• Gordon says:

      Indeed. And you’re very wise in your point about rewards, Mr Klepsacovic… the more the good players get rewarded with good gear, the bigger the itemisation gap and the harder it is for new players to compete!

      • Klepsacovic says:

        WoW has used a system of the previous tier being no-rating (or lower) and using easier costs (lower or an easier currency), while also tuning it so top-rated players will point-cap before the season is up while lower players can still work up. This helps to make the gap smaller than it would be otherwise, imperfect, but maybe that’s impossible. Maybe gearless PvP is the answer, but then some alternative reward structure would be needed, unless the devs can accept players making a choice of activity based only on the innate enjoyment of the activity.

  4. Longasc says:

    The thing with PvP in MMOs nowadays is… problematic.

    If you check my STO screenshots, I do a lot of PvP. But… it is all arena-based smaller or larger instance stuff. This does not only apply to STO, but to GW as well. PvP is often so completely disconnected from the (PvE) world. Same for the battlegrounds in WoW.

    I so liked killing people in Wintergrasp between battles for the right to mine the ore. :>

    • Gordon says:

      Separating PvP into BGs works well for the developers because it’s an easy solution to how to make the product mass market. Incorporate PvP into the game itself and they run the risk of alienating non-PvPers but by putting it as a ’sidegame’ they can achieve the best of both worlds. I’ve got mixed feelings on which I prefer.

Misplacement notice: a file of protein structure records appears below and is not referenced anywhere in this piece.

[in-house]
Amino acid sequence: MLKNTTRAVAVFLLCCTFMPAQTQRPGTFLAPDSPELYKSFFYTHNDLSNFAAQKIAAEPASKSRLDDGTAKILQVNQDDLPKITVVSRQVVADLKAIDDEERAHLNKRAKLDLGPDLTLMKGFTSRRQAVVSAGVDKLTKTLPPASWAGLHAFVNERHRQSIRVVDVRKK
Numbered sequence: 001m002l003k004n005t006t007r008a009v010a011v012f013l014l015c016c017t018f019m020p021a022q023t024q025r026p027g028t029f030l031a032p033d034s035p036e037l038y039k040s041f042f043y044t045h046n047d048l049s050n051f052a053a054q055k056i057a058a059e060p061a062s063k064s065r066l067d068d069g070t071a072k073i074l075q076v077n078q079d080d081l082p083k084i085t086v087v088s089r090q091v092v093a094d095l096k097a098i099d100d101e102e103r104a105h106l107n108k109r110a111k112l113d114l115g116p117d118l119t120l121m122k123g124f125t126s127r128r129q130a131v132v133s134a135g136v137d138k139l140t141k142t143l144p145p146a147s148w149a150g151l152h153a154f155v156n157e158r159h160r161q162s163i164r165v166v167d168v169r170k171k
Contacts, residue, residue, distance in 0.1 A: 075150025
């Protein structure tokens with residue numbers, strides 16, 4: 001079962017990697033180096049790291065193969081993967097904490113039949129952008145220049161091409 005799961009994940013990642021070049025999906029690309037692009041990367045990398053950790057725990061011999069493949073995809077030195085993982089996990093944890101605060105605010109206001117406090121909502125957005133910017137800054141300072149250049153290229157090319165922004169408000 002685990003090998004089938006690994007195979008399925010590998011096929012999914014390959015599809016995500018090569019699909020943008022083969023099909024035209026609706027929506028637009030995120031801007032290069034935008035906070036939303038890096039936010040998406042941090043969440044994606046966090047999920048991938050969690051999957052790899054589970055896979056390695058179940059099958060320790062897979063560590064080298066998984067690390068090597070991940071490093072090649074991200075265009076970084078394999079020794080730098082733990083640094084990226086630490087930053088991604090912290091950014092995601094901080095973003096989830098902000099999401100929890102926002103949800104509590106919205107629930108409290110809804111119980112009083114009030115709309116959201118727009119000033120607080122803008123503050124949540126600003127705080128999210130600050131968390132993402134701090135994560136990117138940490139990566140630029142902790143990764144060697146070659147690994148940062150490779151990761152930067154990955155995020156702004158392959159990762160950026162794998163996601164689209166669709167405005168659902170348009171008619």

• Longasc says:

        Yes, I don’t see more open pvp coming for any major MMO that wants to appeal to a broad audience.

        Blizzard tried to bring back pvp as a zone to the world – several times, Wintergrasp was the latest attempt. By now it has become more or less a BG.

        The Faction War feature with a moving border on the PvE map determined by the wins and losses in the alliance battlegrounds of Guild Wars: Factions was not working properly for so long that nobody cared when finally the border started moving. It did not really connect well either.

  5. pasmith says:

    I think there are a couple of factors..

    1) MMO’s used to be “worlds” and now they’re “games.” Games have winners and losers, so PvP makes sense.

    2) PvP is cheap for publishers. You make some good PvP instances, add leaderboards and players are happy for months or even years, trying to beat each other. Much cheaper than creating lore and interesting PvE encounters that players get tired of every a few run-throughs.

    Of course the earliest MMOs were PvP. The swing back to PvE was an attempt to get more players into the games. You couldn’t wander the world of Ultima Online alone… you’d get ganked and stripped of everything you owned. You pretty much *had* to be part of a guild. And that puts a big barrier to entry up. You need to both learn the game and find a group of people to play with. PvE was much easier to get started with.

    The “new” PvP is nothing like the old PvP though. There are no consequences for dying and in most games the PvP takes place in carefully balanced arenas. Few role-players play MMOs now; your average PvP MMO is closer to Team Fortress than it is to a MUD.

    • Ferrel says:

      I had something really long written but I think I’ll sum up my thoughts quickly.

      1. What PA said. He is smart!

      2. Demographic shift. When we grew up playing a PVP game together usually meant the board variety or eventually fighters. There was no NES Live. There was no Halo. The current generation of gamers has grown up in an XBox Live world where everything is a competition. Look at achievements!

      I think that is why PvP is more popular with that audience. They’re used to that style of play and like it. These are not worlds. They’re games!